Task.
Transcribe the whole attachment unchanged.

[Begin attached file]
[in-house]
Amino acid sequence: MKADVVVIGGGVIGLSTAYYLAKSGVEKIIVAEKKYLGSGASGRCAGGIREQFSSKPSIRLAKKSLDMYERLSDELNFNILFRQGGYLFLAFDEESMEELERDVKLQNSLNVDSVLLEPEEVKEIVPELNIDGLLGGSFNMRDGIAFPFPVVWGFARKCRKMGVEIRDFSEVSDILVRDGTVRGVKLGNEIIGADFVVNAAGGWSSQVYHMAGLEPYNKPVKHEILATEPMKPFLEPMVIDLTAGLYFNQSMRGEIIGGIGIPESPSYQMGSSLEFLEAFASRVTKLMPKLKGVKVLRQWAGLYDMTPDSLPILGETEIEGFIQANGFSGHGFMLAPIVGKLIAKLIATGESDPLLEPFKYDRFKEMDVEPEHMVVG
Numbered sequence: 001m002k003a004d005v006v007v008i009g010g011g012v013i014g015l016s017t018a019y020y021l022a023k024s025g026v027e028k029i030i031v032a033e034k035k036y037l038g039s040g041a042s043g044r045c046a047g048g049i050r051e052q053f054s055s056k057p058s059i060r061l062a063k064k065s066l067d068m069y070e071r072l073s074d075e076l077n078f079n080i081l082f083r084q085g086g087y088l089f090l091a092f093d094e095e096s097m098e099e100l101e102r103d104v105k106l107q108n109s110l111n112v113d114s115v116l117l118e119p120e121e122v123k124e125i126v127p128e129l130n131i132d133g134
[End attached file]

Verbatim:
[in-house]
Amino acid sequence: MKADVVVIGGGVIGLSTAYYLAKSGVEKIIVAEKKYLGSGASGRCAGGIREQFSSKPSIRLAKKSLDMYERLSDELNFNILFRQGGYLFLAFDEESMEELERDVKLQNSLNVDSVLLEPEEVKEIVPELNIDGLLGGSFNMRDGIAFPFPVVWGFARKCRKMGVEIRDFSEVSDILVRDGTVRGVKLGNEIIGADFVVNAAGGWSSQVYHMAGLEPYNKPVKHEILATEPMKPFLEPMVIDLTAGLYFNQSMRGEIIGGIGIPESPSYQMGSSLEFLEAFASRVTKLMPKLKGVKVLRQWAGLYDMTPDSLPILGETEIEGFIQANGFSGHGFMLAPIVGKLIAKLIATGESDPLLEPFKYDRFKEMDVEPEHMVVG
Numbered sequence: 001m002k003a004d005v006v007v008i009g010g011g012v013i014g015l016s017t018a019y020y021l022a023k024s025g026v027e028k029i030i031v032a033e034k035k036y037l038g039s040g041a042s043g044r045c046a047g048g049i050r051e052q053f054s055s056k057p058s059i060r061l062a063k064k065s066l067d068m069y070e071r072l073s074d075e076l077n078f079n080i081l082f083r084q085g086g087y088l089f090l091a092f093d094e095e096s097m098e099e100l101e102r103d104v105k106l107q108n109s110l111n112v113d114s115v116l117l118e119p120e121e122v123k124e125i126v127p128e129l130n131i132d133g134